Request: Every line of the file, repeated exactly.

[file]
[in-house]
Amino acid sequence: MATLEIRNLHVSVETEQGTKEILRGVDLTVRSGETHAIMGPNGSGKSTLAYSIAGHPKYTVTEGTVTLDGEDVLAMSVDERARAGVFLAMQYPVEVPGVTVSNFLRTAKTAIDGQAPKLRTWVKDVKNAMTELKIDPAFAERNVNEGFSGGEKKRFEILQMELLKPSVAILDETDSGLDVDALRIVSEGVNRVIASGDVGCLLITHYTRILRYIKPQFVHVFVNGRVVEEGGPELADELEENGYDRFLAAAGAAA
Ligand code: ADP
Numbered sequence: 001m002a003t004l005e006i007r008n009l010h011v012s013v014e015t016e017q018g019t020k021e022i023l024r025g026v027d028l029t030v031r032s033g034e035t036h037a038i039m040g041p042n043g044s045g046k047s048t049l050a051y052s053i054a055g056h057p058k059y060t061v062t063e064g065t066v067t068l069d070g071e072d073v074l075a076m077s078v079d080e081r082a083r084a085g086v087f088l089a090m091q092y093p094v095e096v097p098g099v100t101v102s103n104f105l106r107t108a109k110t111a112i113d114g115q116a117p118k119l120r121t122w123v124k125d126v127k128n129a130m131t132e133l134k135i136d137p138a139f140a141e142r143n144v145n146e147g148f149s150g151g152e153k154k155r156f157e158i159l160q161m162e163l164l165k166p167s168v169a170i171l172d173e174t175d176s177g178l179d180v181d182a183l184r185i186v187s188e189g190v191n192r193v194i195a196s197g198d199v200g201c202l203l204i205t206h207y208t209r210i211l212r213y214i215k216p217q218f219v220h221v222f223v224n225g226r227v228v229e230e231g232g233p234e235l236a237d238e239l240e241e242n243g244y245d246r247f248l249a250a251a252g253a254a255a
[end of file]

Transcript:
[in-house]
Amino acid sequence: MATLEIRNLHVSVETEQGTKEILRGVDLTVRSGETHAIMGPNGSGKSTLAYSIAGHPKYTVTEGTVTLDGEDVLAMSVDERARAGVFLAMQYPVEVPGVTVSNFLRTAKTAIDGQAPKLRTWVKDVKNAMTELKIDPAFAERNVNEGFSGGEKKRFEILQMELLKPSVAILDETDSGLDVDALRIVSEGVNRVIASGDVGCLLITHYTRILRYIKPQFVHVFVNGRVVEEGGPELADELEENGYDRFLAAAGAAA
Ligand code: ADP
Numbered sequence: 001m002a003t004l005e006i007r008n009l010h011v012s013v014e015t016e017q018g019t020k021e022i023l024r025g026v027d028l029t030v031r032s033g034e035t036h037a038i039m040g041p042n043g044s045g046k047s048t049l050a051y052s053i054a055g056h057p058k059y060t061v062t063e064g065t066v067t068l069d070g071e072d073v074l075a076m077s078v079d080e081r082a083r084a085g086v087f088l089a090m091q092y093p094v095e096v097p098g099v100t101v102s103n104f105l106r107t108a109k110t111a112i113d114g115q116a117p118k119l120r121t122w123v124k125d126v127k128n129a130m131t132e133l134k135i136d137p138a139f140a141e142r143n144v145n146e147g148f149s150g151g152e153k154k155r156f157e158i159l160q161m162e163l164l165k166p167s168v169a170i171l172d173e174t175d176s177g178l179d180v181d182a183l184r185i186v187s188e189g190v191n192r193v194i195a196s197g198d199v200g201c202l203l204i205t206h207y208t209r210i211l212r213y214i215k216p217q218f219v220h221v222f223v224n225g226r227v228v229e230e231g232g233p234e235l236a237d238e239l240e241e242n243g244y245d246r247f248l249a250a251a252g253a254a255a